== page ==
This article is for investors who would like to improve their understanding of price to earnings ratios (P/E ratios). We’ll look at KFM Kingdom Holdings Limited’s (HKG:3816) P/E ratio and reflect on what it tells us about the company’s share price. Based on the last twelve months, KFM Kingdom Holdings’s P/E ratio is 6.23. In other words, at today’s prices, investors are paying HK$6.23 for every HK$1 in prior year profit.
How Do You Calculate A P/E Ratio?
The formula for price to earnings is:
Price to Earnings Ratio = Share Price ÷ Earnings per Share (EPS)
Or for KFM Kingdom Holdings:
P/E of 6.23 = HK$0.41 ÷ HK$0.067 (Based on the year to September 2018.)
Is A High P/E Ratio Good?
A higher P/E ratio means that investors are paying a higher price for each HK$1 of company earnings. That isn’t a good or a bad thing on its own, but a high P/E means that buyers have a higher opinion of the business’s prospects, relative to stocks with a lower P/E.
How Growth Rates Impact P/E Ratios
Earnings growth rates have a big influence on P/E ratios. That’s because companies that grow earnings per share quickly will rapidly increase the ‘E’ in the equation. That means even if the current P/E is high, it will reduce over time if the share price stays flat. So while a stock may look expensive based on past earnings, it could be cheap based on future earnings.
KFM Kingdom Holdings increased earnings per share by a whopping 193% last year. And earnings per share have improved by 98% annually, over the last three years. With that performance, I would expect it to have an above average P/E ratio. In contrast, EPS has decreased by 18%, annually, over 5 years.
How Does KFM Kingdom Holdings’s P/E Ratio Compare To Its Peers?
The P/E ratio essentially measures market expectations of a company. The image below shows that KFM Kingdom Holdings has a lower P/E than the average (9.4) P/E for companies in the machinery industry.
This suggests that market participants think KFM Kingdom Holdings will underperform other companies in its industry. While current expectations are low, the stock could be undervalued if the situation is better than the market assumes. It is arguably worth checking if insiders are buying shares, because that might imply they believe the stock is undervalued.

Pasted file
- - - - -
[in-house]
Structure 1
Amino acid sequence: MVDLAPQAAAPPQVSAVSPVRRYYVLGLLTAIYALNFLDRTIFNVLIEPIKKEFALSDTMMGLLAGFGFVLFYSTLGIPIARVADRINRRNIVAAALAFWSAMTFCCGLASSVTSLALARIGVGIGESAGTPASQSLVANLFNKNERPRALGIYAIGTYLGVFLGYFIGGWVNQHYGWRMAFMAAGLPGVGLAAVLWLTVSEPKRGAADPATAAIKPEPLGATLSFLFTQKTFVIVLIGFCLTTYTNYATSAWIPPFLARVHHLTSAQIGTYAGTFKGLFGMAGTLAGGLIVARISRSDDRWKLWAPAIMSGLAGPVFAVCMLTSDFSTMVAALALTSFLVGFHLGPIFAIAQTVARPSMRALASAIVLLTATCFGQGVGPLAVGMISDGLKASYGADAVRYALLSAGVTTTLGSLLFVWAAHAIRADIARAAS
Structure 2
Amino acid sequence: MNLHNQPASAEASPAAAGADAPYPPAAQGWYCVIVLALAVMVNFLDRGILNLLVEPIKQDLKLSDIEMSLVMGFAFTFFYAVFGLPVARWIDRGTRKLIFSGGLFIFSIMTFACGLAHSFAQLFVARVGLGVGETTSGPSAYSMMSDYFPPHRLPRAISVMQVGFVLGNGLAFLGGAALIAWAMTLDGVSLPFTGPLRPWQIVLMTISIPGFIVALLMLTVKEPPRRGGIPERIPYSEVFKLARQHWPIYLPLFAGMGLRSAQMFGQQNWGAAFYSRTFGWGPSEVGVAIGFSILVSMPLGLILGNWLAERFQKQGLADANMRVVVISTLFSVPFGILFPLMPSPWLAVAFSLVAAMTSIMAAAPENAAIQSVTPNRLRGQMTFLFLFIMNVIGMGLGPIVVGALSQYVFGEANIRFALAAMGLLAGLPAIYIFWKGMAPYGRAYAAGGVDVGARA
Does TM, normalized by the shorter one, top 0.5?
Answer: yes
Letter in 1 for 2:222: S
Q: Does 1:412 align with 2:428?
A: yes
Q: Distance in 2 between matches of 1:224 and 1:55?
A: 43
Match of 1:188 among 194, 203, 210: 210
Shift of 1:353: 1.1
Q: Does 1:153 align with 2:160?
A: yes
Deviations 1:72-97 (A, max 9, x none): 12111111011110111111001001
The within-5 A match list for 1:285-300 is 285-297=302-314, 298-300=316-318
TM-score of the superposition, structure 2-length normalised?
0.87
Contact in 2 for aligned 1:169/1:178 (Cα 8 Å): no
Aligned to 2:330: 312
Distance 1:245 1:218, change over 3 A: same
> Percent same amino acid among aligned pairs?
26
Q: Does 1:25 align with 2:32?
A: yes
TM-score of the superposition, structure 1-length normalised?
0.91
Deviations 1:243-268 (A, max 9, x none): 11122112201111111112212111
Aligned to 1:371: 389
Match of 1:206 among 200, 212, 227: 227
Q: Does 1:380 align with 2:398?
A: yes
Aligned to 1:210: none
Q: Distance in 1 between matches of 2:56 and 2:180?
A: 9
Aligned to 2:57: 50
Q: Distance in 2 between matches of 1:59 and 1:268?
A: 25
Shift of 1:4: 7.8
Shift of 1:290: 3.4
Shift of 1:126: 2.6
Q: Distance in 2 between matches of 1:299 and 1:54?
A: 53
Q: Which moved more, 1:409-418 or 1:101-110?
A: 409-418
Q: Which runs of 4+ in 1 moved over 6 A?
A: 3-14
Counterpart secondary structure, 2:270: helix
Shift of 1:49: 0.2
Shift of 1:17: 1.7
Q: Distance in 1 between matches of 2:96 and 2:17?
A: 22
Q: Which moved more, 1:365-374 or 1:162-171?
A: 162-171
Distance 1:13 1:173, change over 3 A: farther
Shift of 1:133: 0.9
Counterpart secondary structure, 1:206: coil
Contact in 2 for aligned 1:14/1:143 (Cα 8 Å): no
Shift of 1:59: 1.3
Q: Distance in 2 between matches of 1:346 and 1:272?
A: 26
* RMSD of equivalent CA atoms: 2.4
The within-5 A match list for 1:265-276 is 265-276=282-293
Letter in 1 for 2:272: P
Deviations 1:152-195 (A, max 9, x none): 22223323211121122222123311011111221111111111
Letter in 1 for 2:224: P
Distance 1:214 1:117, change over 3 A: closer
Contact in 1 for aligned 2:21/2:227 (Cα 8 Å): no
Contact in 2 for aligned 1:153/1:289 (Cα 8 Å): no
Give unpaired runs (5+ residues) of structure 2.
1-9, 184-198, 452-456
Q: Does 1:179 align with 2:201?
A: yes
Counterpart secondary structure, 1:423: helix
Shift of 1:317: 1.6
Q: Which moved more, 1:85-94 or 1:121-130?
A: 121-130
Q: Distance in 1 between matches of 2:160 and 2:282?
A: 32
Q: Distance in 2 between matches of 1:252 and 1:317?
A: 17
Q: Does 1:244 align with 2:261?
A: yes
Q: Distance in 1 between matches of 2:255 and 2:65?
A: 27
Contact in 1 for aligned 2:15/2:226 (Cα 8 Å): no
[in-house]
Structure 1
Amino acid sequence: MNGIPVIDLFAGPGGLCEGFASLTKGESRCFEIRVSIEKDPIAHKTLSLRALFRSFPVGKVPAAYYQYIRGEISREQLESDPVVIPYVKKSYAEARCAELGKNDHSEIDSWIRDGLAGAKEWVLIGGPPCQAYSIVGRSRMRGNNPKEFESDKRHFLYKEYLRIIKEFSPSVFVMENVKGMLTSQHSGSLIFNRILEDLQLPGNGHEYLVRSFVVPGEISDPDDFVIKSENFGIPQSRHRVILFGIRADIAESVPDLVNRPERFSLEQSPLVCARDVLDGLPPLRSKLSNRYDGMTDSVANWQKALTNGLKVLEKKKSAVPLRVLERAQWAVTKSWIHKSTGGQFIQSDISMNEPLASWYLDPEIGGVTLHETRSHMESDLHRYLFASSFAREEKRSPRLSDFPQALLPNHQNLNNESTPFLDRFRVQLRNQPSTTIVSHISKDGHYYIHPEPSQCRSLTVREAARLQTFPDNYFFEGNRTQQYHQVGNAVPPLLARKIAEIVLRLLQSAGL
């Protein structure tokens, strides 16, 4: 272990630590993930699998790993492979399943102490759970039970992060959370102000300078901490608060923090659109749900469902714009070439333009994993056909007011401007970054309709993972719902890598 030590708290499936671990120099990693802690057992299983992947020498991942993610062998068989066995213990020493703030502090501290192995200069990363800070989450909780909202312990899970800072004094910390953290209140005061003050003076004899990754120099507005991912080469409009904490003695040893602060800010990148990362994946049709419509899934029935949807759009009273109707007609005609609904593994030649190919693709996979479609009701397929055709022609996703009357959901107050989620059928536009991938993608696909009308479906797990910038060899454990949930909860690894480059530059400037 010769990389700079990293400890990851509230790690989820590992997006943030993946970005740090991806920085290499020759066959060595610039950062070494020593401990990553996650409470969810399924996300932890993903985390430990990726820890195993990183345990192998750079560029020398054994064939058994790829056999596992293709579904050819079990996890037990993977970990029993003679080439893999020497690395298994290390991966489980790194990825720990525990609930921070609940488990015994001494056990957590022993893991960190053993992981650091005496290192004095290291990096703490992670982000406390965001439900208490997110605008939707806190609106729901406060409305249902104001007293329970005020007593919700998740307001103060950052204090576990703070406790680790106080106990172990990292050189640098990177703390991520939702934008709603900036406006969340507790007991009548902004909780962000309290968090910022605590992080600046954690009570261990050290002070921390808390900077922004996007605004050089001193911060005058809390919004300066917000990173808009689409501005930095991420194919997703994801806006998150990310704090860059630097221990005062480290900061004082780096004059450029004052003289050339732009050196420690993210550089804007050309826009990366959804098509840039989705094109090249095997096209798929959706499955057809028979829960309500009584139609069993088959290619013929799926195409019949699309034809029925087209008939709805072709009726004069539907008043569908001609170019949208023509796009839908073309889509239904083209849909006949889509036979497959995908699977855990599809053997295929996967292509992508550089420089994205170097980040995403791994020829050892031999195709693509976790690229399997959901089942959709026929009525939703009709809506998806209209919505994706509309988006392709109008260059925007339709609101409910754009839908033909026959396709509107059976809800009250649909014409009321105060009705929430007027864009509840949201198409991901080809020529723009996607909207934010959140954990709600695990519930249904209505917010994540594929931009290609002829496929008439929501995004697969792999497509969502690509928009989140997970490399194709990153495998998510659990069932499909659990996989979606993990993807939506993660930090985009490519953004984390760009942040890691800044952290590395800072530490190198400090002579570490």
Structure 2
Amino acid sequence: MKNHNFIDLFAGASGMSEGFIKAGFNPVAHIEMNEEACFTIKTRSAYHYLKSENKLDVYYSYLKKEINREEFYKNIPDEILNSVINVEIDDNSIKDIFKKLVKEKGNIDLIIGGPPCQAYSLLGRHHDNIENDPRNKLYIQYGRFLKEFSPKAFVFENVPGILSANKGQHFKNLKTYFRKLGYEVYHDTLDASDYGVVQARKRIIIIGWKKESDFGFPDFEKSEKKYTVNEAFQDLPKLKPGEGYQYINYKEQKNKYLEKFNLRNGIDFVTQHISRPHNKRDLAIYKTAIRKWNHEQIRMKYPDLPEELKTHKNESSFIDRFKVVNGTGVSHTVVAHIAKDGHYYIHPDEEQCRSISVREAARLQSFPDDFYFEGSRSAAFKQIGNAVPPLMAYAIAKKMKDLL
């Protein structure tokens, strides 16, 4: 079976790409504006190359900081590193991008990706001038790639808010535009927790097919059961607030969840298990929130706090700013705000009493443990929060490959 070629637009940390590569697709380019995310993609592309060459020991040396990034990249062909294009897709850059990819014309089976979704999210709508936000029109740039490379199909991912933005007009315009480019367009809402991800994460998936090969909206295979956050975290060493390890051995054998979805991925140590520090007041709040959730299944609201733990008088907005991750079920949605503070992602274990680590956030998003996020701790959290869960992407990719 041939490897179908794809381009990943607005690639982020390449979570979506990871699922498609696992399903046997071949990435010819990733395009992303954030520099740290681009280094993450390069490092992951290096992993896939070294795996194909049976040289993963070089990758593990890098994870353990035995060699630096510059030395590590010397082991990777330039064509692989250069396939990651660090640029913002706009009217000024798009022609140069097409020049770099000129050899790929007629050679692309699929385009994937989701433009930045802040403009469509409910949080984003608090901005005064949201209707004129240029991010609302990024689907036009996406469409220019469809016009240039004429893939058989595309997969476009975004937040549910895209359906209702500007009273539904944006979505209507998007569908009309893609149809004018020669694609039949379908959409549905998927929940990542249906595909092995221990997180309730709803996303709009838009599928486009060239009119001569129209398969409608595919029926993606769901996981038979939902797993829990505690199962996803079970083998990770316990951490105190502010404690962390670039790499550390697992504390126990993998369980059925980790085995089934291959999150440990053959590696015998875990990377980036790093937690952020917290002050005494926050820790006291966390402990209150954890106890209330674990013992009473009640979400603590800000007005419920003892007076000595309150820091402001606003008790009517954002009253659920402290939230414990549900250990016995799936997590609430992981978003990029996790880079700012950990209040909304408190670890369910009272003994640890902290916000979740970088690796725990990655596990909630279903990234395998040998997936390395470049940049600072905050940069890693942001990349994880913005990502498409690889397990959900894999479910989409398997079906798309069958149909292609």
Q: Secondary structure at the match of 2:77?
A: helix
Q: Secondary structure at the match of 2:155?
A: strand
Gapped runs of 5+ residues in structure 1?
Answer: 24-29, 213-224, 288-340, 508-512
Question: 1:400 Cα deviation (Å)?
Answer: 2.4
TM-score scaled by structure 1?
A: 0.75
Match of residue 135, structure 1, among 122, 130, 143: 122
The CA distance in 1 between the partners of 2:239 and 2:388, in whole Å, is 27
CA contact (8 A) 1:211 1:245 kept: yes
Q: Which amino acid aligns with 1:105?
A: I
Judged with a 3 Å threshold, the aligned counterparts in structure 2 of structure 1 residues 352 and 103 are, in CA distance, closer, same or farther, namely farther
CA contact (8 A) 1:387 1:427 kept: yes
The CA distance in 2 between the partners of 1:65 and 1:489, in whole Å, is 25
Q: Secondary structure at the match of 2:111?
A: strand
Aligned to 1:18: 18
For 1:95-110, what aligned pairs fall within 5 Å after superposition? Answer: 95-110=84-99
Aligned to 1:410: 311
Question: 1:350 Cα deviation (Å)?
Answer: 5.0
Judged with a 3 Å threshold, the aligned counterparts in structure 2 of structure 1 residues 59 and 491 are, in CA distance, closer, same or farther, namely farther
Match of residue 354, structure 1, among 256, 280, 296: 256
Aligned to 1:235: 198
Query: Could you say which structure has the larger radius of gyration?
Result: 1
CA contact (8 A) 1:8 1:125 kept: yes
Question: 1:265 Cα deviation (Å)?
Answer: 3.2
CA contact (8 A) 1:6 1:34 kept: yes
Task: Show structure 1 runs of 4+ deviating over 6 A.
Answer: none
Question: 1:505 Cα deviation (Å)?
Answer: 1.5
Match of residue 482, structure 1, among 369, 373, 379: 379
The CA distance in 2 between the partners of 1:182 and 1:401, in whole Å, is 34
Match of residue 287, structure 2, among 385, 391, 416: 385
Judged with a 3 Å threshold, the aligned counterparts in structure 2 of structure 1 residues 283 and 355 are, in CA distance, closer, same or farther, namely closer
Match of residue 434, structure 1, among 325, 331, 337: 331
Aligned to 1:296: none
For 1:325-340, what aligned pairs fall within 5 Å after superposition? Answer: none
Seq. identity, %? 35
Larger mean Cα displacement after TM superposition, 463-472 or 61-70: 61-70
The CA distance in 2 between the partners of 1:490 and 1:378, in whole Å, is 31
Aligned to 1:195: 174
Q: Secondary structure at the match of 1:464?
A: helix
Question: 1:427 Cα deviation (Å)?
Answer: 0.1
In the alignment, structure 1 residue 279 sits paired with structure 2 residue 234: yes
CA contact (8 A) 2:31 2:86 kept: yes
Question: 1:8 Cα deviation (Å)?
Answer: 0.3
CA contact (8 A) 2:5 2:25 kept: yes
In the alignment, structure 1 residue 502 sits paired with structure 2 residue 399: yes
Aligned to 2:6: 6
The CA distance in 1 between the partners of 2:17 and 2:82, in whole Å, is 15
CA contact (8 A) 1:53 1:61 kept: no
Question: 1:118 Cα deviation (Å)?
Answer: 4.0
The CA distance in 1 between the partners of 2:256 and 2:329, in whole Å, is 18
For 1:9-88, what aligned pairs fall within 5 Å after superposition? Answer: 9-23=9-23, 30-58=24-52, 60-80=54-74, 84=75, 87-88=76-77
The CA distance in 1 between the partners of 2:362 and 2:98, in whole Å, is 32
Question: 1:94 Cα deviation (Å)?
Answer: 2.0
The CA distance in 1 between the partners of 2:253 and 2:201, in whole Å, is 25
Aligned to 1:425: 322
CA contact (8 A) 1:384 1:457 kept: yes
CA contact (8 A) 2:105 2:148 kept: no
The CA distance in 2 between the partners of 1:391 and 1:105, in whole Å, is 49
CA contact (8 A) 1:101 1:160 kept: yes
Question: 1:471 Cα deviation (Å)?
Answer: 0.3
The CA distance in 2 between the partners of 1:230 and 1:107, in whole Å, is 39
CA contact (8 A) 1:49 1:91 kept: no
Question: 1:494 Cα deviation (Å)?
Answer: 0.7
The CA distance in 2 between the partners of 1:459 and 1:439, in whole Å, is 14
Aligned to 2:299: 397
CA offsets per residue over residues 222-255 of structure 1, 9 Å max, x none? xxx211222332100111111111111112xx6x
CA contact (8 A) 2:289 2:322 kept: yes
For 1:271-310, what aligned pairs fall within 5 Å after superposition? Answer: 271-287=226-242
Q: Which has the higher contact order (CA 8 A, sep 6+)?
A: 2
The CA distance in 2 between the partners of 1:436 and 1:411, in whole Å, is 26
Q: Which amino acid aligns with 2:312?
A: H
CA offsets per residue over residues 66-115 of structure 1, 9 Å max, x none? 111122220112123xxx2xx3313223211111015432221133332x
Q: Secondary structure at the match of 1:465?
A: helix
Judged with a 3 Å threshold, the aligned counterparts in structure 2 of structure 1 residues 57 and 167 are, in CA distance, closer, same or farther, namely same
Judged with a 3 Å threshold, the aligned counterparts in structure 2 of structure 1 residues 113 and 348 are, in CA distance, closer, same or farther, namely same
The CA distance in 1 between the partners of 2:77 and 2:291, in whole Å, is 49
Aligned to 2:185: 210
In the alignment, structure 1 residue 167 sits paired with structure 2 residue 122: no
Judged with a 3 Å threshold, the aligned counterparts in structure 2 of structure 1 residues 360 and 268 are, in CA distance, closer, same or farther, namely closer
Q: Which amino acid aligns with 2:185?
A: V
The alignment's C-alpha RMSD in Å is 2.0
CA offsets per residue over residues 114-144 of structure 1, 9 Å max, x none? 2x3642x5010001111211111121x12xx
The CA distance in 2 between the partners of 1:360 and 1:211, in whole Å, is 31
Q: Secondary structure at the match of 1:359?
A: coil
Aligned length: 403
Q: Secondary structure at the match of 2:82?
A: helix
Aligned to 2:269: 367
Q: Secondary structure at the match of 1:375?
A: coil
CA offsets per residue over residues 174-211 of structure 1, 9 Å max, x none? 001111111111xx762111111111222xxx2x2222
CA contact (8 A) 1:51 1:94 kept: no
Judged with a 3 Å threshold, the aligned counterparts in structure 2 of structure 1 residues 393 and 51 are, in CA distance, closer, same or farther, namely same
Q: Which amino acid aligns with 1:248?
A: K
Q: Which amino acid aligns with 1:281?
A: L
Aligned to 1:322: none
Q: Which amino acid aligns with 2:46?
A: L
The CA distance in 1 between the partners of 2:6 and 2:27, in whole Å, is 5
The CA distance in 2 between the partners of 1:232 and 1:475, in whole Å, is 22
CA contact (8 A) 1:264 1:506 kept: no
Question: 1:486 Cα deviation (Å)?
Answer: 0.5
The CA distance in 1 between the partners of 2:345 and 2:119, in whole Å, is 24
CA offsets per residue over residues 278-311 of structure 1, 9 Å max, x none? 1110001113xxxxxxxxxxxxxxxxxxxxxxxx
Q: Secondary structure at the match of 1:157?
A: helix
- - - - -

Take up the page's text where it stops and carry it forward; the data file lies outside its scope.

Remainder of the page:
Remember: P/E Ratios Don’t Consider The Balance Sheet
The ‘Price’ in P/E reflects the market capitalization of the company. Thus, the metric does not reflect cash or debt held by the company. Theoretically, a business can improve its earnings (and produce a lower P/E in the future), by taking on debt (or spending its remaining cash).
Such expenditure might be good or bad, in the long term, but the point here is that the balance sheet is not reflected by this ratio.
Is Debt Impacting KFM Kingdom Holdings’s P/E?
KFM Kingdom Holdings has net debt worth 15% of its market capitalization. This could bring some additional risk, and reduce the number of investment options for management; worth remembering if you compare its P/E to businesses without debt.
The Verdict On KFM Kingdom Holdings’s P/E Ratio
KFM Kingdom Holdings’s P/E is 6.2 which is below average (10.3) in the HK market. The company hasn’t stretched its balance sheet, and earnings growth was good last year. The low P/E ratio suggests current market expectations are muted, implying these levels of growth will not continue.
Investors have an opportunity when market expectations about a stock are wrong. If it is underestimating a company, investors can make money by buying and holding the shares until the market corrects itself. We don’t have analyst forecasts, but you might want to assess this data-rich visualization of earnings, revenue and cash flow.
You might be able to find a better buy than KFM Kingdom Holdings. If you want a selection of possible winners, check out this free list of interesting companies that trade on a P/E below 20 (but have proven they can grow earnings).
To help readers see past the short term volatility of the financial market, we aim to bring you a long-term focused research analysis purely driven by fundamental data. Note that our analysis does not factor in the latest price-sensitive company announcements.
The author is an independent contributor and at the time of publication had no position in the stocks mentioned. For errors that warrant correction please contact the editor at email@example.com.